Against the backdrop of reactions over the recent flag-off of the Eastern railway narrow gauge stretching from Port-Harcourt to Maiduguri, Minister of Transportation, Rotimi Amaechi has said the narrow gauge is not in anyway inferior to the standard gauge as being speculated in some quarters. The difference is only in the terms of speed, he said.
According to him, the Eastern Rail corridor would be made up of both the narrow and standard gauge, adding that government was only starting off the rehabilitation of the narrow gauge owing to paucity of funds.
L-R: Chairman of PDP Rivers State, Ambassador Desmond Akawor: former Governor of Rivers State, Sir Celestine Omehia; Deputy Governor of Rivers State, Dr (Mrs) Ipalibo Harry-Banigo; Governor of Rivers State, Nyesom Ezenwo Wike and former Deputy Speaker House of Representatives, Sir Austin Opara, during the commissioning of Omuihuechi-Omuoko-Omokiri link Road in Aluu Ikwerre LGA on Wednesday
A statement signed by Taiye Elebiyo-Edeni, Media Assistant to the Minister, quoted Amaechi as saying that standard gauge lines cost about $11-14billion  to construct compared to narrow gauge which cost about $3.2 billion, adding that getting the funds within the limited time was not feasible because of other projects awaiting funding.
The statement read: “The standard gauge line is between $11-14billion to construct on the Eastern flag. The standard gauge as designed in Nigeria is 150km design speed, operational speed is 120km. What is the difference between 120km and 100km? The narrow gauge is about $3.2billion dollars at 100km per hour.
“The standard gauge which is at $11 to $14billion  is 120km per hour, so if you take off with the standard gauge, say to Damaturu, you will arrive 20minute before me that used the narrow gauge.
“The narrow gauge is  cheaper at $3.2billion against the $11 to 14billion to construct the standard gauge. Why we did not get the approval for the narrow gauge on time was because the President insisted on the standard gauge from Port Harcourt-Maiduguri.  My argument was if I can achieve the same length of rail with $3.2 billion dollars, why not take that first until  we get money for the standard gauge?
“This made him approve  the standard gauge as designed but until we get the money because if we continue to wait until we get the $11bn to 14billion dollars,  we may not be able to construct the Eastern flag before we leave government.”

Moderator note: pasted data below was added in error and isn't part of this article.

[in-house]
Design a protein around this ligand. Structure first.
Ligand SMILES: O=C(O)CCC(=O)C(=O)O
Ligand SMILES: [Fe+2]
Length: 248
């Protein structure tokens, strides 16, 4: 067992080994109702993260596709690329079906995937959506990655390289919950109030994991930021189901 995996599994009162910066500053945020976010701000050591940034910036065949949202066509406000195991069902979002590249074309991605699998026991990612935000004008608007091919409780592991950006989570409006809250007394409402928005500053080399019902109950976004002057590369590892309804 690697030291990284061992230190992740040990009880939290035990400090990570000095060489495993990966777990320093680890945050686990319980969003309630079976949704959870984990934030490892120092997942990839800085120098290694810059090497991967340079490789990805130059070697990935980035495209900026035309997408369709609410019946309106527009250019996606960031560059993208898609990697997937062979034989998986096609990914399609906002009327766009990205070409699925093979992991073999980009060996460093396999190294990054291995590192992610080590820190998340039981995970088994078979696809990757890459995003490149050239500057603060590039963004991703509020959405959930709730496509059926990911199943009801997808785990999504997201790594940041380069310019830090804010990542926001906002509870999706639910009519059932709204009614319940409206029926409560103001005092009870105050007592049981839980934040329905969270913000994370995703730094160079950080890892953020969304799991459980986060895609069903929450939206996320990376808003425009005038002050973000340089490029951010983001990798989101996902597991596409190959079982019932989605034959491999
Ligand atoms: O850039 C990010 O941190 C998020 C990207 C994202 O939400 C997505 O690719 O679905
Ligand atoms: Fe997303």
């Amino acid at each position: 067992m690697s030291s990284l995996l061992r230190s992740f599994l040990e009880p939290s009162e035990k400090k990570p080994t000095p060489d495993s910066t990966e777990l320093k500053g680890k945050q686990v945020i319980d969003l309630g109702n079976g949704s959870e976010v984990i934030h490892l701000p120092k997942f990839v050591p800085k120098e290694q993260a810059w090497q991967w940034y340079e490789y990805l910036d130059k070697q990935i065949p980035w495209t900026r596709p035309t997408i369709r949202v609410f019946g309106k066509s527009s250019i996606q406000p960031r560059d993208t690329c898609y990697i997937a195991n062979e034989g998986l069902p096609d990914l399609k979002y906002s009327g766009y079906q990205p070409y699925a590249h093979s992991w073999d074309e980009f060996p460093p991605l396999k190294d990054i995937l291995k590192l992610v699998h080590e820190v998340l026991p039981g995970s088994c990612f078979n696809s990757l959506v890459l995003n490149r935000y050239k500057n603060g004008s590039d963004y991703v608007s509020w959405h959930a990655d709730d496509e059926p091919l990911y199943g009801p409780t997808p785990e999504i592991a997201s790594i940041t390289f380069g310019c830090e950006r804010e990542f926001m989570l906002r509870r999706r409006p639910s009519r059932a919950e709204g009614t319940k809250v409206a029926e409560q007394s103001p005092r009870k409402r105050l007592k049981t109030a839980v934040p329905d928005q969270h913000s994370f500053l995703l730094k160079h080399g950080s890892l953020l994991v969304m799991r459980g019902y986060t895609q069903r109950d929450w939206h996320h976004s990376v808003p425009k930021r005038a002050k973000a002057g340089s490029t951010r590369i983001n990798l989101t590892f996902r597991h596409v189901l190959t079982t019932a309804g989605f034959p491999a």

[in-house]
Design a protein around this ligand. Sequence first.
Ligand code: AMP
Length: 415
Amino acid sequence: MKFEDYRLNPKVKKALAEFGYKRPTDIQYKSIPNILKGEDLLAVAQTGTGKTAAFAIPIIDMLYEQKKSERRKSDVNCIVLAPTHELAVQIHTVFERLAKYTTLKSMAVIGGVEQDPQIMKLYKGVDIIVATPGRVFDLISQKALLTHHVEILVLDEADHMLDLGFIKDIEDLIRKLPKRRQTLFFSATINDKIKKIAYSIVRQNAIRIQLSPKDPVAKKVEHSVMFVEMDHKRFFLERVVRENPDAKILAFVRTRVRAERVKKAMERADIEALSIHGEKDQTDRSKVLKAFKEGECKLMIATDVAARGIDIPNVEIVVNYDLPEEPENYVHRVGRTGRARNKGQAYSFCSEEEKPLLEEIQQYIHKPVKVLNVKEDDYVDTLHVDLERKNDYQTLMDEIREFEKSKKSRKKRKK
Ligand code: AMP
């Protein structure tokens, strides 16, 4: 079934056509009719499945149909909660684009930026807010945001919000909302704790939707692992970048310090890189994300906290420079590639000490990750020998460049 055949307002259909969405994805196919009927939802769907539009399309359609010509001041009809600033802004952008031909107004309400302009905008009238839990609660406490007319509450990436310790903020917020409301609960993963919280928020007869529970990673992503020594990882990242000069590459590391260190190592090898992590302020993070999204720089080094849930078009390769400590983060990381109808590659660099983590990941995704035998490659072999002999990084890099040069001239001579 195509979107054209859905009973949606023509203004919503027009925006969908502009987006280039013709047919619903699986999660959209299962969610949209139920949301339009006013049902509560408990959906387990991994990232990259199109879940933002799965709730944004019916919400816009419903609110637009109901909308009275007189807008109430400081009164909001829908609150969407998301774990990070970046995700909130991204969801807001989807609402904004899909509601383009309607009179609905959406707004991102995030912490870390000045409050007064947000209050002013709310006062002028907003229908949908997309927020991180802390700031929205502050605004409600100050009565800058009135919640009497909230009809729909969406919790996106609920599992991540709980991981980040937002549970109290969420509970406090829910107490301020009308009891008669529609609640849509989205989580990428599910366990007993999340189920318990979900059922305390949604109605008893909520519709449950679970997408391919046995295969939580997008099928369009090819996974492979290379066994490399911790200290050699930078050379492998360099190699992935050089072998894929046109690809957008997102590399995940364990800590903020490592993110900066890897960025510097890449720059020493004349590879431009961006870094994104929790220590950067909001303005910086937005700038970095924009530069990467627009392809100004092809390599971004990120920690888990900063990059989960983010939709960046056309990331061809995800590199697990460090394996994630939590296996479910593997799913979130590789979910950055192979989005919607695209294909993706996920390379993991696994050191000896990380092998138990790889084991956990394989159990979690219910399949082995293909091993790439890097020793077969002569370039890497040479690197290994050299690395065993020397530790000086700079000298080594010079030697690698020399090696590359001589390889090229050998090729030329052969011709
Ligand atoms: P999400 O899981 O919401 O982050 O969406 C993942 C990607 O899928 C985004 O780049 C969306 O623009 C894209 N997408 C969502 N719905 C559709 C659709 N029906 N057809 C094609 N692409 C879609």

However, Engr.Fidet Okhria, Managing Director,  Nigeria Railway Corporation, NRC, said the narrow gauge line was not outdated or less efficient.
The NRC boss added that Nigeria was the first African country to introduce standard gauge line, even as he added that South Africa and other African countries still make use of narrow gauge lines today.
“In the whole of Africa, Nigeria is the only country that has introduced a standard gauge line. South Africa, India and other countries are still using the narrow guage line introduced by their colonial masters. Other African countries are still using what the colonial master constructed.
“The narrow gauge is not inferior in anyway, the difference is in the speed. And it cannot carry more load like the standard gauge because the standard gauge is wider. But that doesn’t make it less effective than the standard gauge.
“About the cost, there should be no comparison with the cost because one is $13billion while the other is about $3.2billion. The difference is about  $10billion,” he said.
On his part, Engr. Muhammad Baba-kobi, Director Rail and Transport Services,  Federal Ministry of Transportation said the difference between the narrow and the standard Ggauge rail lines is the width within the inner edge of the track which is called the gauge.
He noted that the narrow gauge in Nigeria is about 1067mm which is 3ft. Ib in some countries, it is 600mm, which is 2ft while the standard gauge is 1437mm which is a little bit more than 4ft.
Baba-Kobi, however said that the use of any of the gauge is by choice not necessarily the cost, noting that in places with hilly and curvy terrain like Port Harcourt-Maiduguri corridor, the narrow gauge would be best because its easy to negotiate curves because of its light weight.
“The choice of one or the other relies on certain factors. Whether  you put the standard or narrow gauge, you will still have an efficient and functional trains. It just depends on your operational planning,  it depends on where you want to take your train to.
“But technically,  in most places where you have hilly roads that you have to negotiate into valleys, hills and places with curves, the best in terms of engineering for that terrain is the narrow gauge because it’s lighter, easy to navigate curves that are smaller and the engine can easily thrives,” he said.

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